DOLORES –Archaeologist Jeffery Clark comes to the Anasazi Heritage Center to present “The Kayenta: A Powerful Immigrant Minority in the Hohokam World,” Sunday, May 13, at 1 p.m.
Clark’s talk about this migration in northeastern Arizona, 700 years ago, when thousands left their homes to trek south, complements the museum’s special exhibit Pieces of the Puzzle: New Perspectives on the Hohokam.
The Hohokam people were early farmers in the Phoenix and Tucson basins. They dug irrigation canals, made the first pottery in the Southwest, etched designs on bracelets cut from imported shell, burned incense in carved stone bowls, and played a Mexican-style ball game.
Sometime in the late 1200s, a new people arrived who maintained old customs and built distinctive enclaves, a community in diaspora. Over time, both conflict and cooperation led to a complicated cultural pattern that archaeologists call Salado.
Jeffery Clark is a preservation archaeologist with Archaeology Southwest, a nonprofit research foundation in Tucson, Arizona.
“Preservation archaeology is a conservation-based and low-impact approach to big-picture questions,” Clark explains. “We create meaningful connections to the past by protecting sites and sharing our findings with the public.”
This event, part of the Four Corners Lecture Series, is jointly sponsored by the Bureau of Land Management, the National Park Service, Fort Lewis College, the Cortez Cultural Center, Crow Canyon Archaeological Center, and KSJD Public Radio.
Lectures and events take place in variety of locations throughout the area, and all events are free.
Admission to the entire museum will be free all day Sunday, May 13.
The Anasazi Heritage Center, three miles west of Dolores on Highway 184, is open daily from 9 a.m. to 5 p.m. For more information visit the museum’s web site at www.blm.gov/co/ahc
May 19 Sketching Hike in Canyons of the Ancients
DOLORES – Joyce Heuman, Artist-in-Residence at Canyons of the Ancients National Monument, will lead interested artists on a hiking and sketching tour on Saturday, May 19. Participation is limited to 15 people; call 882-5600 to reserve a place.
Participants of any age or art skill level are welcome to join the group.
The Bureau of Land Management chose Canyons of the Ancients for its inaugural Artist-in-Residence program, promoting awareness of the exceptional places protected within the BLM’s National Landscape Conservation System and providing opportunities for learning and dialog about the value of public lands. Support also has been provided by the San Juan Mountains Association.
Heuman, a watercolorist and aficionado of local history, who lives in the Cortez area, is the second of four artists-in-residence scheduled to work in the Monument this summer, May 13-19.
“Joyce’s twin passions for painting and nature are evident in all her work,” said Marietta Eaton, BLM Anasazi Heritage Center/Canyons of the Ancients National Monument manager.
Heuman has exhibited art in various galleries and venues throughout the southwest, and is currently employed by Crow Canyon Archaeological Center near Cortez. Some of her recent work is currently on display in a group show at the Mancos Visitor Center through the end of May.
“A walk through this spectacular landscape is a journey through time, and many places show evidence of early habitation,” said Heuman. “Our imaginations are activated by intriguing alcoves that shelter the remains of ancient homes. On our hike we will sketch, walk, and share impressions of our surroundings. Do you see the canyons though the eyes of a biologist, a geologist or a historian? Join me to explore a unique point of view.”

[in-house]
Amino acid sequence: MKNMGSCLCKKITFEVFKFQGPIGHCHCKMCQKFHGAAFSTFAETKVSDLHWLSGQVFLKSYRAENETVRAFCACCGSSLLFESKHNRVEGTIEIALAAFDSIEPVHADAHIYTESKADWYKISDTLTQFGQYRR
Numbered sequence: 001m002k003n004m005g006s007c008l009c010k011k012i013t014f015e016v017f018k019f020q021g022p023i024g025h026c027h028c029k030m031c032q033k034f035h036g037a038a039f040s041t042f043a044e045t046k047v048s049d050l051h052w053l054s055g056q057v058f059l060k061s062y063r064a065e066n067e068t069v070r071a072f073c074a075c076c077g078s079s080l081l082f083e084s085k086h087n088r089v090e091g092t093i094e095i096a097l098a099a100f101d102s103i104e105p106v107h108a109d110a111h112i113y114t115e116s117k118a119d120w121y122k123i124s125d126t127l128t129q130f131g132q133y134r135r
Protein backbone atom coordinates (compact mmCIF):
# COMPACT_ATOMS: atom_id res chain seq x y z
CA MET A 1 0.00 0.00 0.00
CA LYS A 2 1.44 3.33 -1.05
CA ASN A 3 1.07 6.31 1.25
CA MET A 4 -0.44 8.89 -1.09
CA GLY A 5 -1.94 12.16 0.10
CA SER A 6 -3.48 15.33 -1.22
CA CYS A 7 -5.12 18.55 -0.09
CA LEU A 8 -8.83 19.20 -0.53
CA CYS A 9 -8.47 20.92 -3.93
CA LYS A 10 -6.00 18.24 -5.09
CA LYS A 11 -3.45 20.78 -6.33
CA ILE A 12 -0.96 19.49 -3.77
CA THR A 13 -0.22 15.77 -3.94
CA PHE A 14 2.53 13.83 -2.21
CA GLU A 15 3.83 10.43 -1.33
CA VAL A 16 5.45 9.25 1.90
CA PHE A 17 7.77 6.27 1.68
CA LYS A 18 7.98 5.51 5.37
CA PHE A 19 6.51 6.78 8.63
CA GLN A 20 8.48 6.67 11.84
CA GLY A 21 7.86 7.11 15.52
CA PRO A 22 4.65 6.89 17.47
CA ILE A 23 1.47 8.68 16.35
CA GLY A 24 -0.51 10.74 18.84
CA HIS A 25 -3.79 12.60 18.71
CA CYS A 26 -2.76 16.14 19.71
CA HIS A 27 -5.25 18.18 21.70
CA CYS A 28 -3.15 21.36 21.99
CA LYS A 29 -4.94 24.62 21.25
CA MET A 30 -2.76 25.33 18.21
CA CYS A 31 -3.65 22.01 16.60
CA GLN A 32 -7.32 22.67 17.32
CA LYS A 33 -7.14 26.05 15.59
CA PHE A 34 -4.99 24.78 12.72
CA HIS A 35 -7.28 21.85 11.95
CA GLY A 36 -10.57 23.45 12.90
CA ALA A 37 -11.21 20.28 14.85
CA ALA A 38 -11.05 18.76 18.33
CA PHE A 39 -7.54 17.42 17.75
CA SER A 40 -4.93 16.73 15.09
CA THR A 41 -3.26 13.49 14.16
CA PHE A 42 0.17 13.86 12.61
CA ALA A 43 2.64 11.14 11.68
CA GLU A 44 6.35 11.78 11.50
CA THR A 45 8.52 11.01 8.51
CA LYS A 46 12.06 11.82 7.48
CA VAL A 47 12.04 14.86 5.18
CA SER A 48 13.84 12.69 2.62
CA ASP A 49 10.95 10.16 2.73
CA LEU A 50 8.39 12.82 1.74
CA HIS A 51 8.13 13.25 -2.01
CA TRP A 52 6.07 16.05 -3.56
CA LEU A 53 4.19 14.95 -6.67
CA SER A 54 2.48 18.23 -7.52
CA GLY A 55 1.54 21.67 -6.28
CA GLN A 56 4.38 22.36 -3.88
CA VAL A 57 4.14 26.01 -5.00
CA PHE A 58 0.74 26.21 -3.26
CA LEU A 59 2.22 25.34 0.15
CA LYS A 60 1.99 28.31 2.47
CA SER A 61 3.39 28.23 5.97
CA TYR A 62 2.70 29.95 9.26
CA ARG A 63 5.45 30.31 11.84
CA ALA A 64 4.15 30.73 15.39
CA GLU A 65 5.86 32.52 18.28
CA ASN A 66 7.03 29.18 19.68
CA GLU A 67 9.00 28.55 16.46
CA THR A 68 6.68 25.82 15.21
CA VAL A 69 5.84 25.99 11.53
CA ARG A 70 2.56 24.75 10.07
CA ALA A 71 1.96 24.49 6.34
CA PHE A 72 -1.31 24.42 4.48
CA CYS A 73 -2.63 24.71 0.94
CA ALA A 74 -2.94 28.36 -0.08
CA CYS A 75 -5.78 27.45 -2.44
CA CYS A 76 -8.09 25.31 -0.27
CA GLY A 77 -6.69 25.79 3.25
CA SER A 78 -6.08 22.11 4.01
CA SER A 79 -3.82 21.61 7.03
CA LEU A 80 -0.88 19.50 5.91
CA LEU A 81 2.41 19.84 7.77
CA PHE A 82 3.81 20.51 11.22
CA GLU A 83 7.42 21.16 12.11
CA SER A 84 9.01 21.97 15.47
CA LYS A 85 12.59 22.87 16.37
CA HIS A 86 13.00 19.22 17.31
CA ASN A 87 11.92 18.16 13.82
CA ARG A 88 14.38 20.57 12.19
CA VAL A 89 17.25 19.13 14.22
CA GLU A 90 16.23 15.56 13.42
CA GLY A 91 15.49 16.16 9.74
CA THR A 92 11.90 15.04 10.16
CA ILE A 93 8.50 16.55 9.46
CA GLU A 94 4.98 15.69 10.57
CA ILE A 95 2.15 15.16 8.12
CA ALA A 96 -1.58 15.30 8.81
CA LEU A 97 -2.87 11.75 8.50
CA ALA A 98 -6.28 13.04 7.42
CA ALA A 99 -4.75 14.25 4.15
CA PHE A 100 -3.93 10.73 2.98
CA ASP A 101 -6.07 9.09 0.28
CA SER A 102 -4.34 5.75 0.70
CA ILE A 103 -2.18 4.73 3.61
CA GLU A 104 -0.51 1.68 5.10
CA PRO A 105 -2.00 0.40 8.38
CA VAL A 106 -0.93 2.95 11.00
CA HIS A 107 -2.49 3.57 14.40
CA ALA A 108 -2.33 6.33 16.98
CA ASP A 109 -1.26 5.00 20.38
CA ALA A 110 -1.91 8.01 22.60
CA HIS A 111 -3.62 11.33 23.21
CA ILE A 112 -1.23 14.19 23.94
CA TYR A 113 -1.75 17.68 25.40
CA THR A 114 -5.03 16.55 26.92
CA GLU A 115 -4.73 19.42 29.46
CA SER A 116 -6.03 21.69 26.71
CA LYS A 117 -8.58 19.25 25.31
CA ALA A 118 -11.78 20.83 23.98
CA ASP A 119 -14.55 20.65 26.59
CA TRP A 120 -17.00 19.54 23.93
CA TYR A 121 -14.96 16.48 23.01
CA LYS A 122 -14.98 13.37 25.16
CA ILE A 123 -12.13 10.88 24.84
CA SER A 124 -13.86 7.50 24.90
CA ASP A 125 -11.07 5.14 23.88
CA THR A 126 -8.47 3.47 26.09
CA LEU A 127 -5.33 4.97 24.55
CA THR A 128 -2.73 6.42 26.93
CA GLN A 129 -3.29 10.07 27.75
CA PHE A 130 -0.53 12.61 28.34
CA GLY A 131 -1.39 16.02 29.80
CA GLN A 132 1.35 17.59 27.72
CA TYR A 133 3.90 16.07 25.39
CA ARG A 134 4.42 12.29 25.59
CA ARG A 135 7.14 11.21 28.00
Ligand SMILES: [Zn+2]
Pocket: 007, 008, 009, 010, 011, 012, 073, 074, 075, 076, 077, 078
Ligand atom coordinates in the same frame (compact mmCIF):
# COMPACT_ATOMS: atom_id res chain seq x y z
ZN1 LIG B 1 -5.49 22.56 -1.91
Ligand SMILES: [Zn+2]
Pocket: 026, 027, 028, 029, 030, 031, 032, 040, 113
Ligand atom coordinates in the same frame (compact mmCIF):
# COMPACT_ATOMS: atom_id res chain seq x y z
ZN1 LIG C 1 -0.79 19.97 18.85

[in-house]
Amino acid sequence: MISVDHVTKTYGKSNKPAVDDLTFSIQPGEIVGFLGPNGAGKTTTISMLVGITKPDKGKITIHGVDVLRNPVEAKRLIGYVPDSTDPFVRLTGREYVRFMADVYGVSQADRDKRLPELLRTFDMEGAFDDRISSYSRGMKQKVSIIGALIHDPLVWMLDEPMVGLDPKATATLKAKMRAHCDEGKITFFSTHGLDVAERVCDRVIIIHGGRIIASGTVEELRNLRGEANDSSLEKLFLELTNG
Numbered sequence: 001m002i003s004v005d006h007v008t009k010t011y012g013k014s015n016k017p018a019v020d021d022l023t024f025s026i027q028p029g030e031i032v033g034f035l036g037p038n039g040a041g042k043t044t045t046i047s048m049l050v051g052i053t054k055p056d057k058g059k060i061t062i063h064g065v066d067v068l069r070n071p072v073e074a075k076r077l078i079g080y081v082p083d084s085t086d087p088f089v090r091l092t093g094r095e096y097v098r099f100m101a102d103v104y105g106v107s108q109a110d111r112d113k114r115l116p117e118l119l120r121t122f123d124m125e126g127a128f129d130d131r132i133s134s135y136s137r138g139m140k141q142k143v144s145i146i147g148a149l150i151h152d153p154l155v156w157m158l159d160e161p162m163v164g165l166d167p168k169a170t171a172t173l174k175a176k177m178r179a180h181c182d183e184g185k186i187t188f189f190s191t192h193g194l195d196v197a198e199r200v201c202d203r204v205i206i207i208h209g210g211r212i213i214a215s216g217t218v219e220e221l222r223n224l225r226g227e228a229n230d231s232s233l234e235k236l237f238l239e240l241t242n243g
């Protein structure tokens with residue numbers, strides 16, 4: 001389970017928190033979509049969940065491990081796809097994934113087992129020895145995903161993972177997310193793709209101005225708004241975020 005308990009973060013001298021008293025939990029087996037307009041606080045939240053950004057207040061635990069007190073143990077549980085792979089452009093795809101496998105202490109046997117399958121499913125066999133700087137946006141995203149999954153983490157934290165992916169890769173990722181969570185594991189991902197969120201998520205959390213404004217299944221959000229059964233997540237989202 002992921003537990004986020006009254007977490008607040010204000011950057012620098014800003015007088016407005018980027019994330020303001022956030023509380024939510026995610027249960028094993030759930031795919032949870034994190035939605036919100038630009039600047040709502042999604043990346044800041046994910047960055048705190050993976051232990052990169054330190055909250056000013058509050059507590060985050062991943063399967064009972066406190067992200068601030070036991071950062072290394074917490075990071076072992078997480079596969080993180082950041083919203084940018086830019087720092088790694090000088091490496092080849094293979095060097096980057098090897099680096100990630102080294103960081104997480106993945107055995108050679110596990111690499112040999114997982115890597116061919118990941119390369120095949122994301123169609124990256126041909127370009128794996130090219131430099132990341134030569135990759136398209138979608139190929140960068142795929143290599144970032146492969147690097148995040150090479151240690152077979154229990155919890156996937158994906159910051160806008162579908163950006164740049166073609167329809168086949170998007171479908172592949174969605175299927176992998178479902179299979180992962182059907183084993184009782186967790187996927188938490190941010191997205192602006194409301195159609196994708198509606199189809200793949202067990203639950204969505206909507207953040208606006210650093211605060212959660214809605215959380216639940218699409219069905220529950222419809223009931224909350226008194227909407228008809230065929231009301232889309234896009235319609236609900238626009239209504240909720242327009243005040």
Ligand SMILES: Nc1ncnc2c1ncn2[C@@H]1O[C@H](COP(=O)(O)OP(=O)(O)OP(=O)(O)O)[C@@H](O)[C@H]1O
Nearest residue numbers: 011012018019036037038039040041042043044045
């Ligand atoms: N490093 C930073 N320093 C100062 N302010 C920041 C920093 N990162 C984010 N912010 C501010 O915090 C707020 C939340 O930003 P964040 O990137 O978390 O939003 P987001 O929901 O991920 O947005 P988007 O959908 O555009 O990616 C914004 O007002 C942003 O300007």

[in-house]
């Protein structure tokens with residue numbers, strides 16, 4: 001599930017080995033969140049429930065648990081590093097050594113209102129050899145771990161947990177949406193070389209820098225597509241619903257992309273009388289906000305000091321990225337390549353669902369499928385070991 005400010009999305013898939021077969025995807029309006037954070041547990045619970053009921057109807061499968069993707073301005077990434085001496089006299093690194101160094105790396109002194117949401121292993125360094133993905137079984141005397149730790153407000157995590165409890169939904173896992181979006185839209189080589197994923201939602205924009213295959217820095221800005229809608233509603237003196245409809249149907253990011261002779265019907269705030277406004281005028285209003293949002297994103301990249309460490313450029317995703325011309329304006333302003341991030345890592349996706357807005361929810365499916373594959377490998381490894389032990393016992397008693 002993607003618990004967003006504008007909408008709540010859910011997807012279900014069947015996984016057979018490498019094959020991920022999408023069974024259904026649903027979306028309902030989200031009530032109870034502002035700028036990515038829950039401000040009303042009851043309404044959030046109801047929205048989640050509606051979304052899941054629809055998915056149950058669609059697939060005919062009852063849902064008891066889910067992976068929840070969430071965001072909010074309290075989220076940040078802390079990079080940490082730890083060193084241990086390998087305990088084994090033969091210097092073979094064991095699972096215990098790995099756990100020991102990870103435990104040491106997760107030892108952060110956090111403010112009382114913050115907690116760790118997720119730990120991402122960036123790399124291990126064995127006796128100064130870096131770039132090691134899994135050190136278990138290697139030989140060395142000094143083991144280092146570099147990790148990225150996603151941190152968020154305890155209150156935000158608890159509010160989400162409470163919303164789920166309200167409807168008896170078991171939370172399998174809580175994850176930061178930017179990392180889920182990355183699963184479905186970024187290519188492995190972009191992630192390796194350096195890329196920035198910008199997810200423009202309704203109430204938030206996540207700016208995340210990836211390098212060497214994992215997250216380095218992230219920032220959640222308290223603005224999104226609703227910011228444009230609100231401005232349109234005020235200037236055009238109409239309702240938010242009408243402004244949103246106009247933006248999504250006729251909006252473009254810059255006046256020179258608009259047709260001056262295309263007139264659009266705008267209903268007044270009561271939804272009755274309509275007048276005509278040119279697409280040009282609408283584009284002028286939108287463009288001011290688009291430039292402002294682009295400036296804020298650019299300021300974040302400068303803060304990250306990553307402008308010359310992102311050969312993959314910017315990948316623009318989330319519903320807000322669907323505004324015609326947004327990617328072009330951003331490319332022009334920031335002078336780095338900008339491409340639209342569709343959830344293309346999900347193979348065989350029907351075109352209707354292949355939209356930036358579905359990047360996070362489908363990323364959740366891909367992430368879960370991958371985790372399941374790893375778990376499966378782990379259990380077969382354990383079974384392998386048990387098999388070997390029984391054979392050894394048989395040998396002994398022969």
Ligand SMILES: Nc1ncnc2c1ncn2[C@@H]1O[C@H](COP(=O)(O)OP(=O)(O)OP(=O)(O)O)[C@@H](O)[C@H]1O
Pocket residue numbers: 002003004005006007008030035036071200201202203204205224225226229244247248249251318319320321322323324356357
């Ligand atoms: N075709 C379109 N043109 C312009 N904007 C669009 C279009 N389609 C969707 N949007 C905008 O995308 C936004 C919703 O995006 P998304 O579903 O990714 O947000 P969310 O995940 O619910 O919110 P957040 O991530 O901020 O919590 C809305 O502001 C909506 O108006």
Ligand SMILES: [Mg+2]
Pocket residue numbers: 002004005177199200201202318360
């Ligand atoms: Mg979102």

The group will depart from the lower Sand Canyon trailhead,
in McElmo Canyon, 12 miles east of Highway 461 on County Road G, at 9:30 a.m. To reserve a space, call 970/882-5600. The Anasazi Heritage Center, three miles west of Dolores on Highway 184, is open daily from 9 a.m. to 5 p.m. For more information, visit the museum’s web site at www.blm.gov/co/ahc.
Wright Opera House Hosts Groundbreaking Singer/Songwriter Series
OURAY – Ouray’s newest summer concert series takes place on its most venerable stage, when the Wright Opera House hosts five talented singer/songwriters from across the nation, June through September.
The new folk supergroup Red Horse ushers in the summer concert series on Saturday, June 9, with veteran songwriters Eliza Gilkyson, John Gorka and Lucy Kaplansky. The three women cover each other’s songs and breathe new life into old favorites, with full harmonies and sparse instrumentation.
Jude Johnston, who frequently tours with Bonnie Raitt and writes songs sung by Emmylou Harris, Johnny Cash and Willie Nelson, comes to the Wright Friday, July 6. Johnson’s singing “summons heartbreak with rootsy yearning and elegant restraint,” according to USA Today.
Sarah Hickman, Official State Musician of Texas, who tours with Billy Bragg, Nanci Griffith and Dan Fogelberg, and writes songs for Willie Nelson, Shawn Colvin, Ruthie Foster, brings her kid-friendly trio, Family Time Rocks, to the Wright Saturday, July 21, with a family concert in the afternoon, and an evening performance.
Griffin House, featured on the CBS Sunday Morning Show, who tours with John Mellencamp and the Cranberries, gives a a live performance at the Wright Opera House on Saturday, Aug. 11.
Guitarist/lyricist David Wilcox wraps up the Wright’s Summer Concert Series with a Labor Day Weekend concert on Saturday, Sept. 1. “My songs are either beckoning me toward a way to feel more alive, or else marking a hole I don’t want to fall in again,” he says of his music. Wilcox, called “Folkin’ Great” by The San Francisco Bay Guardian, will teach a musician’s workshop at the Wright Opera House on Sunday, Sept. 2. For more information or to purchase advance tickets, visit thewrightoperahouse.org or call 970/325-4399.